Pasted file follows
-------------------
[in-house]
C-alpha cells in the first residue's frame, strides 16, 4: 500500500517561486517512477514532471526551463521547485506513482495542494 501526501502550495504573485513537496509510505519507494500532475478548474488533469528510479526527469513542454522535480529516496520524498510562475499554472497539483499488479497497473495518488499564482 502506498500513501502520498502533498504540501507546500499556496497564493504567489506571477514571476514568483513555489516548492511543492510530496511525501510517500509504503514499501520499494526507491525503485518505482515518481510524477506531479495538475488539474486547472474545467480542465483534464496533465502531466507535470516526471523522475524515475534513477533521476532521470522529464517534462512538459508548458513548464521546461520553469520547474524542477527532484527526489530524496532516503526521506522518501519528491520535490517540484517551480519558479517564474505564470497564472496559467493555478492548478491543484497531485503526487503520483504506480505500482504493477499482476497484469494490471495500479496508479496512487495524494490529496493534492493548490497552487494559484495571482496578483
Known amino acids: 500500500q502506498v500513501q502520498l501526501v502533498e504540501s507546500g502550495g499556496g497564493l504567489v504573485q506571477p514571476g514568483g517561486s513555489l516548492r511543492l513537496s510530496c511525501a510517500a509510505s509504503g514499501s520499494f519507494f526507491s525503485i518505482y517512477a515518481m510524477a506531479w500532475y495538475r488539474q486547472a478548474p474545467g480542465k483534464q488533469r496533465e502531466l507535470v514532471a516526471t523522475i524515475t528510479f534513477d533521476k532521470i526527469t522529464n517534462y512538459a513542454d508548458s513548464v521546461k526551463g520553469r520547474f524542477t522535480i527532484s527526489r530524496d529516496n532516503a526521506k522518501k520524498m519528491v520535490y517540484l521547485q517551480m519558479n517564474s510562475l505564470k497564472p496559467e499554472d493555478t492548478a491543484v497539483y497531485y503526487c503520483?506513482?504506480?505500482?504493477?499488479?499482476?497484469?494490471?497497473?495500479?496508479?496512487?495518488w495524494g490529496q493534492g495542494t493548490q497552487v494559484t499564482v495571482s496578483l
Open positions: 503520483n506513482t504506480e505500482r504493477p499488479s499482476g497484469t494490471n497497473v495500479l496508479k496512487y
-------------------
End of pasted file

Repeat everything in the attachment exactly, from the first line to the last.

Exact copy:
[in-house]
C-alpha cells in the first residue's frame, strides 16, 4: 500500500517561486517512477514532471526551463521547485506513482495542494 501526501502550495504573485513537496509510505519507494500532475478548474488533469528510479526527469513542454522535480529516496520524498510562475499554472497539483499488479497497473495518488499564482 502506498500513501502520498502533498504540501507546500499556496497564493504567489506571477514571476514568483513555489516548492511543492510530496511525501510517500509504503514499501520499494526507491525503485518505482515518481510524477506531479495538475488539474486547472474545467480542465483534464496533465502531466507535470516526471523522475524515475534513477533521476532521470522529464517534462512538459508548458513548464521546461520553469520547474524542477527532484527526489530524496532516503526521506522518501519528491520535490517540484517551480519558479517564474505564470497564472496559467493555478492548478491543484497531485503526487503520483504506480505500482504493477499482476497484469494490471495500479496508479496512487495524494490529496493534492493548490497552487494559484495571482496578483
Known amino acids: 500500500q502506498v500513501q502520498l501526501v502533498e504540501s507546500g502550495g499556496g497564493l504567489v504573485q506571477p514571476g514568483g517561486s513555489l516548492r511543492l513537496s510530496c511525501a510517500a509510505s509504503g514499501s520499494f519507494f526507491s525503485i518505482y517512477a515518481m510524477a506531479w500532475y495538475r488539474q486547472a478548474p474545467g480542465k483534464q488533469r496533465e502531466l507535470v514532471a516526471t523522475i524515475t528510479f534513477d533521476k532521470i526527469t522529464n517534462y512538459a513542454d508548458s513548464v521546461k526551463g520553469r520547474f524542477t522535480i527532484s527526489r530524496d529516496n532516503a526521506k522518501k520524498m519528491v520535490y517540484l521547485q517551480m519558479n517564474s510562475l505564470k497564472p496559467e499554472d493555478t492548478a491543484v497539483y497531485y503526487c503520483?506513482?504506480?505500482?504493477?499488479?499482476?497484469?494490471?497497473?495500479?496508479?496512487?495518488w495524494g490529496q493534492g495542494t493548490q497552487v494559484t499564482v495571482s496578483l
Open positions: 503520483n506513482t504506480e505500482r504493477p499488479s499482476g497484469t494490471n497497473v495500479l496508479k496512487y